PILON Sexual and Gender Based Violence WorkshopWebsite Administrator
25 – 27 March Apia, Samoa
In March 2019, the PILON Sexual and Gender Based Violence (SGBV) Working Group held a workshop on providing Quality Evidence without Re-Victimisation: Promoting Special Measures for Vulnerable SGBV Complainants.
The Attorney General’s Office of Samoa hosted the workshop, with funding from the Australian Government and the Regional Rights Resource Team (RRRT) of the Pacific Community. It brought together Honourable members of the judiciary from across the Pacific, including NZ and Australia, senior lawyers and police from 14 Pacific Island countries. The Pacific island countries that participated are Fiji, Cook Islands, Federated States of Micronesia, Kiribati, Nauru, Niue, Papua New Guinea, Palau, the Republic of the Marshall Islands, Samoa, Solomon Islands, Tuvalu, Vanuatu and Tonga, together with Australia and New Zealand.
SGBV is a significant problem across the Pacific region. The Prime Minister of Samoa, Mr Tuilaepa Sailele Malielegaoi, who opened the workshop, noted that domestic physical assaults can sometime be the tip of the iceberg, with other serious crimes committed against persons in vulnerable domestic situations, including our young children. He reinforced to delegates that the Samoan Government takes the fight against domestic violence very seriously. The costs of sexual and gender based violence to Pacific communities, including Samoa, are high and place enormous burdens on health, law and justice and other Government systems. The costs of SGBV, which limit full participation by women and girls in social, political and economic life holds back the development of Pacific Island countries.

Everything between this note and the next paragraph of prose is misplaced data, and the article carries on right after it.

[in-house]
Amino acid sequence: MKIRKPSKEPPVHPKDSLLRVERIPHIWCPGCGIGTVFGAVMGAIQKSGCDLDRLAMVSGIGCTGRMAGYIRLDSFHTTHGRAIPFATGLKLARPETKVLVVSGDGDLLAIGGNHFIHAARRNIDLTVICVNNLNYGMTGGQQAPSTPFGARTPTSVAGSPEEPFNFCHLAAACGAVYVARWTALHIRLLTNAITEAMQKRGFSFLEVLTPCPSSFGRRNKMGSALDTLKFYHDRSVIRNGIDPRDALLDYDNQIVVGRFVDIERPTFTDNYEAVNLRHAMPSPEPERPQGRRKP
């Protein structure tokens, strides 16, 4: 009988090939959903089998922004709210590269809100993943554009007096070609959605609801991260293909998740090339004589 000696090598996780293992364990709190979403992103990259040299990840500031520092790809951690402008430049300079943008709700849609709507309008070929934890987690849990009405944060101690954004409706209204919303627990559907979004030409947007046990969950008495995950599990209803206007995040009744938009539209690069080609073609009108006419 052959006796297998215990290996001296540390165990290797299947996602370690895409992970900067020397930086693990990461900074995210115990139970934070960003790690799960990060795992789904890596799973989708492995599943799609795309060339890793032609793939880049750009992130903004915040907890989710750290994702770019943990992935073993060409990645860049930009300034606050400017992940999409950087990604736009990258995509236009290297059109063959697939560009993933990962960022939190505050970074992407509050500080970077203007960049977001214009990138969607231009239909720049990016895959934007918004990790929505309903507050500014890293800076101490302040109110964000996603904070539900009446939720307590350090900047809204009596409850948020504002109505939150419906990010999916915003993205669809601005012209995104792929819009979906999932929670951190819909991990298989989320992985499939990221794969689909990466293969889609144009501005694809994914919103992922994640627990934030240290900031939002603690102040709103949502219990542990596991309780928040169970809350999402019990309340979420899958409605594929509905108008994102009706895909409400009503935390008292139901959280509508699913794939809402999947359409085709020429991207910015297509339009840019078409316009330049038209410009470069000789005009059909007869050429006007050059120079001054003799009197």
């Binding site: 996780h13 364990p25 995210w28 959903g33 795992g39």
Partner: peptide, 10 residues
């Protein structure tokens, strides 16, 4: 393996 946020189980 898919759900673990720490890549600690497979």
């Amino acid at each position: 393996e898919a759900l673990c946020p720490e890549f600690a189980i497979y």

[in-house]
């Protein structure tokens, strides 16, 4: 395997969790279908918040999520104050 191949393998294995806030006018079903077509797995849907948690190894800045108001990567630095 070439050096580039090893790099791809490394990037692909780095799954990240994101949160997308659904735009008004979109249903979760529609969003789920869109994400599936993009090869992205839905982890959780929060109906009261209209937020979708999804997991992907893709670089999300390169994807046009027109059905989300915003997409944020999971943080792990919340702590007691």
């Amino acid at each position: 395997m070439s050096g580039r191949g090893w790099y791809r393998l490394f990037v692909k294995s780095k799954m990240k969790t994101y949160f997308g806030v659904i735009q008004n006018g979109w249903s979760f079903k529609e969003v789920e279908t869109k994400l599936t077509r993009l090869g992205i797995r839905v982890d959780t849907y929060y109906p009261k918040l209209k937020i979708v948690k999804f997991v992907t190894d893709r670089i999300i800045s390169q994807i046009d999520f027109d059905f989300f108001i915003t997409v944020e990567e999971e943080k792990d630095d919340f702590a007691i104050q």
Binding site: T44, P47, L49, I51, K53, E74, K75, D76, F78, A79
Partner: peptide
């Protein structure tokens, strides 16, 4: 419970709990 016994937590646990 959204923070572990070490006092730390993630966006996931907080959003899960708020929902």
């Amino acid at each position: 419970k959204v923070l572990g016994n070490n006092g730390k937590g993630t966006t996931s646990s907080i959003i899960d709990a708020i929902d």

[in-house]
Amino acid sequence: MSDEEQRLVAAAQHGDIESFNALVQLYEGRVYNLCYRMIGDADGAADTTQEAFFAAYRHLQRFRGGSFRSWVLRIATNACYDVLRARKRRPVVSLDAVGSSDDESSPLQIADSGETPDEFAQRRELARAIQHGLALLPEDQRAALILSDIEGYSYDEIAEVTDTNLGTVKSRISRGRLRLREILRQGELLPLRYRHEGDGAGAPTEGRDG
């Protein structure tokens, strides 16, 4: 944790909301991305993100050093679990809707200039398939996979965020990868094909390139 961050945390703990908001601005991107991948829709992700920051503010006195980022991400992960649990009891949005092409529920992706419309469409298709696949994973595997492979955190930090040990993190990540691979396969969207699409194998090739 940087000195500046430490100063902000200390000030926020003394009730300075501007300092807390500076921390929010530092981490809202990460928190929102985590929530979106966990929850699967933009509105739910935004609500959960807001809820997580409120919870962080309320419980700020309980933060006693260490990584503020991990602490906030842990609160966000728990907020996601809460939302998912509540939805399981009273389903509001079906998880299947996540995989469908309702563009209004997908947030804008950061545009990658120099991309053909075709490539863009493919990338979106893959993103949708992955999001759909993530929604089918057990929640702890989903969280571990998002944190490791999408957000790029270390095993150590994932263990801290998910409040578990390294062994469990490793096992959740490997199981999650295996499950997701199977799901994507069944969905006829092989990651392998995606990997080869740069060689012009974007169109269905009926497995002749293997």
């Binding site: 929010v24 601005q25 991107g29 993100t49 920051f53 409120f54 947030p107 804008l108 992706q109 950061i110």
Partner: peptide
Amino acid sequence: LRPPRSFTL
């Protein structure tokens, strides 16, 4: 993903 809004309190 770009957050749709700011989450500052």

In keeping with the commitment by Pacific Leaders at the Pacific Islands Forum in 2009 and the Pacific Leaders Gender Equality Declaration in 2012, PILON member countries have recognised that contributing to the eradication of SGBV through effective law and justice responses continues to be one of its key strategic priorities.
Pacific leaders, including Tuilaepa, have acknowledged the high rates of SGBV in Samoa and across the Pacific region and have committed to eradicating SGBV and ensuring all individuals have equal protection of the law and equal access to justice.
Implementation of the principles is intended to minimise distress experienced by vulnerable witnesses and maximise the ability of these witnesses to give reliable and truthful evidence in SGBV court proceedings. In doing so, the Principles seek to ensure that the criminal process does no further harm to the person and that their safety is prioritised while ensuring a fair trial for the accused. Maximising the ability of vulnerable witnesses to provide their best evidence and preventing their re-traumatization may also improve trust in the criminal court process, thereby increasing the likelihood of reporting of SGBV offences.
The PILON SGBV working group will continue to support PILON members on implementation of the General Principles and are currently working on model provisions to encourage the enshrining of some of these practices in legislation.
The PILON Secretariat would like to acknowledge the invaluable contributions made to the Conference by all distinguished speakers, delegates and others that made this event possible, in particular the staff from the Pacific Community’s RRRT whose support for this workshop was greatly appreciated.